Don't Be Weird: Dating Someone Different Than You

Before we get started, let me tell you a little bit about the things I either have no interest in or actively despise (in no particular order and mostly for no particular reason):

Sports, hunting, fishing, camping, guns, the gym, discussions about the gym, Crossfit, diets, music festivals, sports, Fitbits, cars, video games, sports, TV shows on CBS, rollercoasters, coffee, sports bars, outdoor activities, and sports.

And some things I like non-ironically:

Art museums, high-brow theatre, reading, literary science fiction and fantasy, Merchant Ivory and Miramax films, opera, Shakespeare, nineteenth-century poetry, talking very seriously about books and movies, The Golden Girls, experimental theatre, ballroom dancing, musicals, spelling bees, Josh Groban, ballet, classical music, being inside, and not camping.

To put it simply–I’m less Sam Malone and much more Frasier Crane. Oh, and I really like classic sitcoms.

As you can imagine, the bros are ABOUT this:

Community/ VIA Tumblr

Community/ VIA Tumblr

Due to my fancy-pants interests, I don’t typically have much in common with the men I date. I used to think I’d find my Niles Crane and live out the rest of my days in opera gloves and faux fur stoles being cultured AF. But then I learned a little more about David Hyde-Peirce. While wonderful, men like that aren’t always into what I got (with notable exceptions of course).

So, alas, I tend to date men who don’t know Monet from Manet and can’t even name an opera let alone hum an aria. It’s a shame, but it’s the world we live in. I occasionally even have to go to sporting events.

VIA Giphy

VIA Giphy

 I view this as payback (I suppose some would call it a compromise); I make the men I date attend the theatre and go to art museums. Sometimes I even make them discuss the experience and have thoughts about it. So, sometimes I have to watch grown men and women pretend like schoolyard games matter.

I had one boyfriend who could sit in a crowded, hot stadium for hours on end watching tiny dots round a green, diamond-shaped field. He would watch this take place with the kind of attention and focus usually reserved for aircraft controllers. I believe he called this arcane practice a “baseball game.” Sometimes he would watch two of these spectacles in one day. I did not understand. Just like he did not understand my need to watch semi-amateur actors perform Romeo and Juliet as warring organized-crime gangs in the 1920s. We are both only human. We each have our flaws.

We also each learned how to appreciate the other’s interests. I can appreciate the homoerotic, sweaty power plays inherent in sporting events; I also discovered baseball pants are great. In turn, he grew to appreciate certain theatrical experiences. I rediscovered an interest in college basketball that I had been repressing since my days at the University of Kansas ended. He discovered his love for comic, edgy Broadway musicals so long as no one was dressed up as a cat or a '90s heroin addict.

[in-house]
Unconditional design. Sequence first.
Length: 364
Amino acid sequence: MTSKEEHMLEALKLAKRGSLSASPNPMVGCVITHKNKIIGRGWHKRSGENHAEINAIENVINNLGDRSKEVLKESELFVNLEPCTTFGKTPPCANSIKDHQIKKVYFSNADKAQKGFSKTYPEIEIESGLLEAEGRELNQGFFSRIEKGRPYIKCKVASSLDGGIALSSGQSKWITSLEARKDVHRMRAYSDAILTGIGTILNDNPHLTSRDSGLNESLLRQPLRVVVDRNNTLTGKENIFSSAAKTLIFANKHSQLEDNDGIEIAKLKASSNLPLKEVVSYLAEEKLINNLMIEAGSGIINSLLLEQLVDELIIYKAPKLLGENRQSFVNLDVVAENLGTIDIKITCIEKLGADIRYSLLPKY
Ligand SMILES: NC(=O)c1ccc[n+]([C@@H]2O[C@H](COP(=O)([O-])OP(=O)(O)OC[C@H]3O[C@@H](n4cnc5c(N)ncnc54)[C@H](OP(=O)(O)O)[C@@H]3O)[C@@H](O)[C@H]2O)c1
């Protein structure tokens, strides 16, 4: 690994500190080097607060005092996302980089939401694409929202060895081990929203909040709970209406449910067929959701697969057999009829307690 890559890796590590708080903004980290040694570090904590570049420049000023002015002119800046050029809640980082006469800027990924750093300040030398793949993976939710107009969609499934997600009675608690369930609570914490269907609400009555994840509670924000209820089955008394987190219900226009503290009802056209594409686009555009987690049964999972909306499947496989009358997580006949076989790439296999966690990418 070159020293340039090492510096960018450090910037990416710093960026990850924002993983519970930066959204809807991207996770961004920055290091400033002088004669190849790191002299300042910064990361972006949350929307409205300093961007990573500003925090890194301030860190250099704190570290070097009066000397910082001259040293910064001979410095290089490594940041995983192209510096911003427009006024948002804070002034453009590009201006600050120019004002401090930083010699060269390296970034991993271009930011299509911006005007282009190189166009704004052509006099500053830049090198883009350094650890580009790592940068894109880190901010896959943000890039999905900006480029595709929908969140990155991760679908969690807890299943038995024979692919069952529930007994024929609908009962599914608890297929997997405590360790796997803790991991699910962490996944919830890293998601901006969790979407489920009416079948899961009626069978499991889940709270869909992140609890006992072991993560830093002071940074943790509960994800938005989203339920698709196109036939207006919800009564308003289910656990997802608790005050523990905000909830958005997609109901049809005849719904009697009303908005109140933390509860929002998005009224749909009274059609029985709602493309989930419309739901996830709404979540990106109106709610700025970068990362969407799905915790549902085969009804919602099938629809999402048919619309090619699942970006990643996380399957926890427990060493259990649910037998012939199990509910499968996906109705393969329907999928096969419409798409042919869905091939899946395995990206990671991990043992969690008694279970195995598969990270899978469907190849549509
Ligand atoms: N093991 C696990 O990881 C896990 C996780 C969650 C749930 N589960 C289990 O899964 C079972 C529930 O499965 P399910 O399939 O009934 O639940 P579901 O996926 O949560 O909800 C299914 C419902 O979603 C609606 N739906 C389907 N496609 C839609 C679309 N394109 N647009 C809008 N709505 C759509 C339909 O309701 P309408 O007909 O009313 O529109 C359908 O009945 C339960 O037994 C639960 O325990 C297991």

We both learned how to emphasize the elements of our contrasting interests that the other could care more about. He knew I despised baseball, but could tolerate basketball, so we went to a lot more basketball games. I knew he’d be down for an Avenue Q-style musical, but absurdist experimental plays were out.

We also discovered how to find, isolate, and emphasize the stuff we did have in common. Star Wars, hiking, Game of Thrones, a slew of favorite authors and bands. Yes, we went to some plays and some sporting events; but we spent a lot more time at concerts and movies because those were the things we both could enjoy without any caveats. He continued to take his brother to baseball games and I took my mom to the ballet and art museums.

I know plenty of men and women who all too easily conform to the hobbies and interests of their significant others. I have no way of knowing if this is a product of growing up and opening minds, or if it’s a the result of feeling obligated to morph into what your significant other wants.

It can be very difficult to retain your identity while in a committed relationship. We all know those couples that morph into one indistinguishable boring person. But I’m here to say it can be even more difficult to open yourself up to someone else, and part of that is caring about your significant other’s interests—no matter how silly you may find them. I used to think shared interests were the only sign of relationship potential. Then I learned a very important lesson from an unlikely source.

500 Days of Summer/ VIA

500 Days of Summer/ VIA

Feature illustration by Kirsten Samanich, @kir_andloathinginlasvegas.